It’s official: pen and paper is passé, but you can make both of them work for the future, and Moleskine is leading the charge, revitalising the world of the smartpen for its classical journals.

Some of the greatest writers have gotten by spending time scribbling in a notebook, with the likes of Oscar Wilde and Ernest Hemingway known to use things like a Moleskine, and while these will never really go out of fashion, the times they are a changing.

These days, tablets, phones, and computers are becoming the norm for the way many of us transcribe the daily happenings and the information we need to remember, but so many people prefer the sound a pen makes when it etches its metal tip into page, or glides ink all over a crisp sheet of paper.

That’s fine, too, and we don’t think we’ll see the end of either tool in our lifetime, if ever, but that’s not going to stop companies from making the attempt to merge the tool with the digital world.

We’ve seen Livescribe do it in the past with its smartpen — one of the first, actually — and now Moleskine is doing the same, hoping to increase the recognition for the smartpen accessory by packaging the concept in something you might actually see a writer or an artist use, while also finding a neat middle ground for the paper.

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Announced earlier in the year, Moleskine’s middle-ground solutions called “Pen+” and “Paper Tablet” are now available in the Smart Writing set, and we’re going hands-on with the concepts to see if they hold water, or even hold words.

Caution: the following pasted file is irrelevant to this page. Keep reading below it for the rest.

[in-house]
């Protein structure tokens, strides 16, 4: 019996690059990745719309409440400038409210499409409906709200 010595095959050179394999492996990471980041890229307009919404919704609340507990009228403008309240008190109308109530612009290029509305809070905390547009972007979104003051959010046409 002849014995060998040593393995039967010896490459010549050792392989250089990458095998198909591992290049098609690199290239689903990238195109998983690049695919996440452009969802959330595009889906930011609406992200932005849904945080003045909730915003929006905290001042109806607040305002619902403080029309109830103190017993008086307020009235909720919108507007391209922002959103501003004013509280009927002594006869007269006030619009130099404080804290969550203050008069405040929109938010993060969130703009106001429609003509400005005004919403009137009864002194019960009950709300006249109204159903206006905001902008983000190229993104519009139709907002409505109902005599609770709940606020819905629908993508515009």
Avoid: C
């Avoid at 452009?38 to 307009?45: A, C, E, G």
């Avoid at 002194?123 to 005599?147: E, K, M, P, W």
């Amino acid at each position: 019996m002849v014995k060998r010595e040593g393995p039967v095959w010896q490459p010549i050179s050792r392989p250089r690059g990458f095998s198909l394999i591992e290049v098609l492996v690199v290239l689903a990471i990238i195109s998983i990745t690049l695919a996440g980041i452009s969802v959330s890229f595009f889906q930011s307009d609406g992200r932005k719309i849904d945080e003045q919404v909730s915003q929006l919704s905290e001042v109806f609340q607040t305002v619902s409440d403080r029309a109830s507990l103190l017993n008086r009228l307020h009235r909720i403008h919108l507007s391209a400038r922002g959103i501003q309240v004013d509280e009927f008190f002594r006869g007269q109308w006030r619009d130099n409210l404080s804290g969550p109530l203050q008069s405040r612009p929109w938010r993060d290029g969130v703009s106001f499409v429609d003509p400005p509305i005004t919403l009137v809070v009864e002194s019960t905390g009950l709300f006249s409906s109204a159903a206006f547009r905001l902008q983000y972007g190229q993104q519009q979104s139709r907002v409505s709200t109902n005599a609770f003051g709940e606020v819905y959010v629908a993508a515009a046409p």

First let’s tackle that pen, because it’s easily the most critical part of a digital pen system.

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For starters, Moleskine’s Pen+ is a little different from the smartpen fare we’ve seen from Livescribe in the past.

Relying on technology from Neo Smartpen — Livescribe’s biggest competitor — the Moleskine Pen+ looks more like a standard pen, with a relatively thick cylindrical barrel that strangely has more in common with a triangular prism than it does a cylinder.

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This slightly unusual shape means the Moleskine Pen+ is at once familiar and easy to grip, but also stable on the desk, with the mostly flat edges of the smartpen unable to roll with such a unique design.

There’s also a pen cap here complete with pocket clip, and the whole thing looks and feels more like a real pen than any other smartpen we’ve tried, and we’ve tried every model we could get our hands on.

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